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Issue No. 06 - November/December (2009 vol. 15)
ISSN: 1077-2626
pp: 1033-1040
Melanie Tory , University of Victoria
Colin Swindells , University of Victoria
Rebecca Dreezer , McMaster University
Spatialization displays use a geographic metaphor to arrange non-spatial data. For example, spatializations arecommonly applied to document collections so that document themes appear as geographic features such as hills. Many common spatialization interfaces use a 3-D landscape metaphor to present data. However, it is not clear whether 3-D spatializations afford improved speed and accuracy for user tasks compared to similar 2-D spatializations. We describe a user study comparing users’ ability to remember dot displays, 2-D landscapes, and 3-D landscapes for two different data densities (500 vs. 1000 points). Participants’ visual memory was statistically more accurate when viewing dot displays and 3-D landscapes compared to 2-D landscapes. Furthermore, accuracy remembering a spatialization was significantly better overall for denser spatializations. Theseresults are of benefit to visualization designers who are contemplating the best ways to present data using spatialization techniques.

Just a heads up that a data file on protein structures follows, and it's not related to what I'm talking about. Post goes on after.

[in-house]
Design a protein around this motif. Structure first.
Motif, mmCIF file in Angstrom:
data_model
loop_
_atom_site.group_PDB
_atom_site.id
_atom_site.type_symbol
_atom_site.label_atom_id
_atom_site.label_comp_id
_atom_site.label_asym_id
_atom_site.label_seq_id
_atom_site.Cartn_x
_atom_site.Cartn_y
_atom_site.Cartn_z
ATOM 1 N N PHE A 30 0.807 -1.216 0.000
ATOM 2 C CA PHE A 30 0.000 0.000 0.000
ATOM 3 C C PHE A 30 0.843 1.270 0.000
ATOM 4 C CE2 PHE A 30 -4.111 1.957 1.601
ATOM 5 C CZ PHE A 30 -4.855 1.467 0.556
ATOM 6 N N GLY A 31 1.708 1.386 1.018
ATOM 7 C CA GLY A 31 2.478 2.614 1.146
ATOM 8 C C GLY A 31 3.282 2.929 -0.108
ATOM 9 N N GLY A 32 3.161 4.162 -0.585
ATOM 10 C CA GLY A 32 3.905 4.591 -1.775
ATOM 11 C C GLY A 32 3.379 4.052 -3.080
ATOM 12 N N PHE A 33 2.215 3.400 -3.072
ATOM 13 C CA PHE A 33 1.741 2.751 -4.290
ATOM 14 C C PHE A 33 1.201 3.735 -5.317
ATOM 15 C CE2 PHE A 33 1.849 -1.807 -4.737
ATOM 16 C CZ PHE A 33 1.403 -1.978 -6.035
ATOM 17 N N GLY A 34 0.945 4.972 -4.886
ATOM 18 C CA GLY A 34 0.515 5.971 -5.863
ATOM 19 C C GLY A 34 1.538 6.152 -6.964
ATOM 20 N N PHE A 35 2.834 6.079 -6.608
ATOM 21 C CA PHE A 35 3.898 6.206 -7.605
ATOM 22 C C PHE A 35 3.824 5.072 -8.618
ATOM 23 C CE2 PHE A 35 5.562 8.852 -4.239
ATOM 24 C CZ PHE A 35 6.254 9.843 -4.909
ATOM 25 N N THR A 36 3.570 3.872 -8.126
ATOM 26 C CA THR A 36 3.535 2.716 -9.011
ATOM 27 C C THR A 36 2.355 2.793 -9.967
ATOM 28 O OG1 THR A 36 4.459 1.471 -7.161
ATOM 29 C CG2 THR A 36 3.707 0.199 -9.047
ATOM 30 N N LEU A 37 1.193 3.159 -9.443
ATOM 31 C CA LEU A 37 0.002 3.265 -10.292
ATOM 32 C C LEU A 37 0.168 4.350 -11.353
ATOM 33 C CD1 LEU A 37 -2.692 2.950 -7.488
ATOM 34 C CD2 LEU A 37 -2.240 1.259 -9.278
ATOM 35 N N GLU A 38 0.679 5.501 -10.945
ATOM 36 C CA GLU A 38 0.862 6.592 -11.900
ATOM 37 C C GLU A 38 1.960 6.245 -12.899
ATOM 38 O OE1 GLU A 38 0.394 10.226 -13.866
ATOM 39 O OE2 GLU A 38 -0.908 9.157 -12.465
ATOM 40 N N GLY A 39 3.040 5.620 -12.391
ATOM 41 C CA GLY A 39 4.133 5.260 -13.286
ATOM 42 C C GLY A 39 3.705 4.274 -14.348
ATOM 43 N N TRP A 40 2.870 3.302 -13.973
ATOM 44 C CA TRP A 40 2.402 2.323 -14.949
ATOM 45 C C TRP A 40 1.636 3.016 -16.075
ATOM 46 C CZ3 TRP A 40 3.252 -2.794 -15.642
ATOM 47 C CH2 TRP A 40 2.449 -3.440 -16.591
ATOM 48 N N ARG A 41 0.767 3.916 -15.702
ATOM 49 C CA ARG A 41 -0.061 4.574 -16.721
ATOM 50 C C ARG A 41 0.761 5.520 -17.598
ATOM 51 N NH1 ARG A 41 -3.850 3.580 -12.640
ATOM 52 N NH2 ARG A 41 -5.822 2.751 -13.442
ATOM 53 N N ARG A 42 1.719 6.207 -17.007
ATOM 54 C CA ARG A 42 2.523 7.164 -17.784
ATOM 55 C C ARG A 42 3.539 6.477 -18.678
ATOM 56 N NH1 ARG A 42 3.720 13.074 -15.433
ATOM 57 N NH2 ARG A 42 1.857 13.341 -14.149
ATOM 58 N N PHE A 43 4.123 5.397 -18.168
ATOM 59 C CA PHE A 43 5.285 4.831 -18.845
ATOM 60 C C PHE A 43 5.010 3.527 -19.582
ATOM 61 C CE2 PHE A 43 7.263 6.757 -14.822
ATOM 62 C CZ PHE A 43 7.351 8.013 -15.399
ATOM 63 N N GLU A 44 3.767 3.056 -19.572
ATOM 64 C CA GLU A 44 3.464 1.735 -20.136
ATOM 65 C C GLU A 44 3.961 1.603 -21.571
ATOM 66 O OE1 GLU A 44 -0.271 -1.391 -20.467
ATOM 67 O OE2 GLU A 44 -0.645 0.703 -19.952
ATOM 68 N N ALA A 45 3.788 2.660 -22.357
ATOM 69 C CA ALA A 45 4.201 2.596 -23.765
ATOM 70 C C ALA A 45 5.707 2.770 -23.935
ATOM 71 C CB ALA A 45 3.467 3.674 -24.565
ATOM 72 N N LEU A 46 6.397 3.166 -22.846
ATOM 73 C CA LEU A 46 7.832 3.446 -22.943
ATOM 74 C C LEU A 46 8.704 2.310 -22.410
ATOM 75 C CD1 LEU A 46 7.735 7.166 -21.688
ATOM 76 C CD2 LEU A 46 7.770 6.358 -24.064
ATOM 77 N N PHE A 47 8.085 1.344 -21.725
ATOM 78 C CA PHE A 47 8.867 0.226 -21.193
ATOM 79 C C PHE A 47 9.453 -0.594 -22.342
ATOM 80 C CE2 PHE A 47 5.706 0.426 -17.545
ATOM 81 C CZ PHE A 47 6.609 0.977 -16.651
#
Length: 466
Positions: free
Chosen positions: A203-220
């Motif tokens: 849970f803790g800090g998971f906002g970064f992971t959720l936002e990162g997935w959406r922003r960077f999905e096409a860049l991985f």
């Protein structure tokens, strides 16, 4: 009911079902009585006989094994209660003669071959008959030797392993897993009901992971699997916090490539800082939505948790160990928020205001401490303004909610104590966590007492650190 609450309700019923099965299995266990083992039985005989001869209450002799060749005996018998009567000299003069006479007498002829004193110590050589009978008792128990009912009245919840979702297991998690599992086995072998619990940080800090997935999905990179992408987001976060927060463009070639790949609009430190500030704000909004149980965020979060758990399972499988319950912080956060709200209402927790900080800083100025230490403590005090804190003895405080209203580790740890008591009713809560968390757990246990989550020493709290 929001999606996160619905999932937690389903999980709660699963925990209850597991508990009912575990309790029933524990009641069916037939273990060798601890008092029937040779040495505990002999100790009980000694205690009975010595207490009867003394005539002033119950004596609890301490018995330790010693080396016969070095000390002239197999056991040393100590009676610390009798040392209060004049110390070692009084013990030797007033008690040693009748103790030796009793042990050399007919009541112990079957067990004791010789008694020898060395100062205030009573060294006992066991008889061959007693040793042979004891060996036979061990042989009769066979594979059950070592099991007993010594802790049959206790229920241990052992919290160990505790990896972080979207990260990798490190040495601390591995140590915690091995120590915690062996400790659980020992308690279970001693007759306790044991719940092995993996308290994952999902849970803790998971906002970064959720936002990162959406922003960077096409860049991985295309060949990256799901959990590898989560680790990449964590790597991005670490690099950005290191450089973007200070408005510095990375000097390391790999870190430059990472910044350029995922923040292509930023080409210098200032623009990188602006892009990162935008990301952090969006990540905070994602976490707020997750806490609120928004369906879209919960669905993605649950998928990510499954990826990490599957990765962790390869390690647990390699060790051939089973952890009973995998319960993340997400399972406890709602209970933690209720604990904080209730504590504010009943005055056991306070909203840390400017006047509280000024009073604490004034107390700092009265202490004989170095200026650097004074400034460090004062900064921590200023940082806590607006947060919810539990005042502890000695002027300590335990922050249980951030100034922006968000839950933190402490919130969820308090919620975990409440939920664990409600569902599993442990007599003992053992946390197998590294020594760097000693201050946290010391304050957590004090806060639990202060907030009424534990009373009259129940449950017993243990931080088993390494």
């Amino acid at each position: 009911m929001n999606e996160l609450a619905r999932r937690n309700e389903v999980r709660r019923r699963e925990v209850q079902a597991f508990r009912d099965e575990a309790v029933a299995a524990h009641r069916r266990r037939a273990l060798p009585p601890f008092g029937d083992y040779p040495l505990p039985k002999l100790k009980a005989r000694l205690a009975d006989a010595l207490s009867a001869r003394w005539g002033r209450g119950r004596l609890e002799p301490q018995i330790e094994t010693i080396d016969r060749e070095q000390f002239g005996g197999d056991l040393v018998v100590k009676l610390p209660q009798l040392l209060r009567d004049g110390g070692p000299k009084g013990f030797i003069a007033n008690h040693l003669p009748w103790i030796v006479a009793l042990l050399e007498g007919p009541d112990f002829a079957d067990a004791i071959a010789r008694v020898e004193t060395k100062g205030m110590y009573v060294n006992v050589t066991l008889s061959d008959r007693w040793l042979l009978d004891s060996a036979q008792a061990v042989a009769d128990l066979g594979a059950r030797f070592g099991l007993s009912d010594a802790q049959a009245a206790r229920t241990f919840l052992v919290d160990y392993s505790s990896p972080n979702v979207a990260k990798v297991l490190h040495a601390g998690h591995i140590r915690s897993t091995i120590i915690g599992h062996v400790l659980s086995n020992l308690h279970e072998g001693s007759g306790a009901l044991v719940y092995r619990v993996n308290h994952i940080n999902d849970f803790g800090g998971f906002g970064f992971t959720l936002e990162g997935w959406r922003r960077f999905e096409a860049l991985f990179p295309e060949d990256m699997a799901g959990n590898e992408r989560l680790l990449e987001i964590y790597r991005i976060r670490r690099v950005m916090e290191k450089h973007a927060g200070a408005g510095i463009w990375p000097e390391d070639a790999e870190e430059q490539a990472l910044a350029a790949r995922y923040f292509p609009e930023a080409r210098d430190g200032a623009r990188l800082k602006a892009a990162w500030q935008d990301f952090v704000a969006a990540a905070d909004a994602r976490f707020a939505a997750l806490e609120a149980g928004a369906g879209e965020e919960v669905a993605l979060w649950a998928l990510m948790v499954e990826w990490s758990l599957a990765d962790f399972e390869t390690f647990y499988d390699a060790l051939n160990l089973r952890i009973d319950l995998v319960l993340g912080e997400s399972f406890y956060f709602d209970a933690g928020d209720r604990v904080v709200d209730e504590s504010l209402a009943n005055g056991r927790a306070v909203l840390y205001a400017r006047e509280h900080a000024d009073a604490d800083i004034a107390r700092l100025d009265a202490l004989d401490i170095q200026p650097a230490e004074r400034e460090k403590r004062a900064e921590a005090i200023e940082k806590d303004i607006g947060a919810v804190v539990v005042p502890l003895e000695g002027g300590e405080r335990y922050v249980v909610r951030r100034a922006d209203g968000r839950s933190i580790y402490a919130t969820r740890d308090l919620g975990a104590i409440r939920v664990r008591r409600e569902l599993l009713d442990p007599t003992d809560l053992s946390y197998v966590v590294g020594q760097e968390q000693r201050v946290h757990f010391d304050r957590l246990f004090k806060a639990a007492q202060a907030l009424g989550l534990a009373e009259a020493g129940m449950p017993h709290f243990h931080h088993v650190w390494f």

Information interfaces and presentation, screen design, evaluation / methodology, user / machine systems, software psychology, landscape visualization.

C. Swindells, R. Dreezer and M. Tory, "Comparing Dot and Landscape Spatializations for Visual Memory Differences," in IEEE Transactions on Visualization & Computer Graphics, vol. 15, no. , pp. 1033-1040, 2009.
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